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'Prepare and hope': Young reveals her recipe for families to share Christmas

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Queenslanders are being told to get fully vaccinated and prepare for the state borders to reopen in time for the festive period.

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Queensland’s chief health officer says people should “prepare and hope” for the state’s borders to reopen in time for Christmas.

But Dr Jeannette Young could not say whether reaching coverage of 80 per cent of eligible Queenslanders fully vaccinated against COVID-19 will trigger an automatic reopening of the state’s borders before December 25.

The state borders have been closed to most of NSW since July 21, to Greater Sydney since June 22, regional Victoria since July 17, and Melbourne since May 28.

Hundreds of Queensland residents and people trying to move to the region have been stuck in limbo interstate for months.

NSW released a roadmap showing it is due to starting coming out of its hard lockdown on October 11, when it is expected to reach the milestone of 70 per cent of eligible people fully vaccinated, with more freedoms two weeks after that date, when 80 per cent will have had two jabs.

However, the Queensland government has consistently side-stepped questions about whether the borders will reopen to Victoria and NSW before Christmas.

On Monday, Young raised hopes hard borders could come down before the festive period, saying businesses should start getting ready.

“Of course, yes, we should all prepare and hope and get everyone vaccinated,” she told reporters.

“That’s the most important thing business can do – to be out there saying, ‘Just get vaccinated’, because the more people who are vaccinated, the more likely we can remove those last remaining restrictions.”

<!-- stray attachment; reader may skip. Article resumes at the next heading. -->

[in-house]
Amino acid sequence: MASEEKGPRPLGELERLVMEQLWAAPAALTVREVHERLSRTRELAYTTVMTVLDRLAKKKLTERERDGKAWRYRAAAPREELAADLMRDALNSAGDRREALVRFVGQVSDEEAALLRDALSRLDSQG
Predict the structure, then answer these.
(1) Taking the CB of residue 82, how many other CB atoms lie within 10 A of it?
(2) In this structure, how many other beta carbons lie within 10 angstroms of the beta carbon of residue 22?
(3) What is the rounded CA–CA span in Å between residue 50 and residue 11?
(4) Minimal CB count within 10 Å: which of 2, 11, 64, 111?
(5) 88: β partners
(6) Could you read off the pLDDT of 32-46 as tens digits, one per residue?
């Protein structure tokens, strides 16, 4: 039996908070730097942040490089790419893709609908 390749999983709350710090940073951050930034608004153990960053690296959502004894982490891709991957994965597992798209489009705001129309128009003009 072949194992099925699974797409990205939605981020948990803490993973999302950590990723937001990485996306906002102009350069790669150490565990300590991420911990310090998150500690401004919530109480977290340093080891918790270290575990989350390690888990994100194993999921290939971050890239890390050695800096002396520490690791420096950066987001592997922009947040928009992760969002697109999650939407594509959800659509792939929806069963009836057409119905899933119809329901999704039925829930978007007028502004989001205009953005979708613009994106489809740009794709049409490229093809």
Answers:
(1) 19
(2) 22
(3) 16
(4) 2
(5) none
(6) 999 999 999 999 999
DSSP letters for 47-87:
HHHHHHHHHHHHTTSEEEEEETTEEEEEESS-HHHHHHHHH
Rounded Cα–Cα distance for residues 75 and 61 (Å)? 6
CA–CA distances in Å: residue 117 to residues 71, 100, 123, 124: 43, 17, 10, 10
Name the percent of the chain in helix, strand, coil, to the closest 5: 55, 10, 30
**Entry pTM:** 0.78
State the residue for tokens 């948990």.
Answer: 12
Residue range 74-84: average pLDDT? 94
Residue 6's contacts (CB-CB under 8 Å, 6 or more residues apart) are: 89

Borders are not specifically mentioned under the national reopening plan, however some states have committed to quarantine-free travel for fully vaccinated people once coverage reaches 80 per cent.

Queensland had given 63.8 per cent of eligible residents at least one dose of a vaccine by Saturday, with 44.9 per cent fully vaccinated.

Young said vaccination coverage was not the only thing to consider when making a decision on state borders.

The state has stressed Doherty Institute modelling points out that low virus case numbers and adequate testing, tracing, isolation and quarantine measures are needed to ensure hospitals are not overwhelmed when the country reopens.

“It depends on the situation, it’s not a simple straightforward process,” Young said.

“You can’t just pick something, and then say something else is going to happen, you’ve got all of the issues, it’s not a simplistic thing.

“It would be wonderful to be able to know we’ve got to 80 per cent (vaccine coverage) and something will happen, unfortunately it’s just not that straightforward.”

Premier Annastacia Palaszczuk was non-committal on a date for reopening, saying she was waiting to see new modelling at national cabinet on Friday.

“I’m really looking forward to seeing that this week,” she said.

In an interview on American television, Prime Minister Scott Morrison indicated Australia was set to ease tight restrictions on overseas travel when the nation hits 80 per cent vaccination coverage for people aged 16 and above.

The prime minister said the first steps would allow Australians to leave and fully vaccinated citizens and permanent residents to return home.

“That will occur before the end of the year. It could happen well before that,” he told CBS News while in the United States.

Palaszczuk said she had sympathy for people stuck interstate and overseas, but Queensland borders were closed to contain and suppress COVID-19 in NSW and Victoria.

“It’s a very tough situation,” she said. “I just spoke to a gentleman this morning and his parents can’t come up for his daughter’s wedding, his daughter is getting married on the weekend.

“It is very tough circumstances at the moment and that’s because New South Wales is in lockdown.”

Queensland recorded zero new cases of COVID-19 on Monday after 5922 tests in the 24 hours to 6.30am on Monday.

There are 12 active cases in the state.

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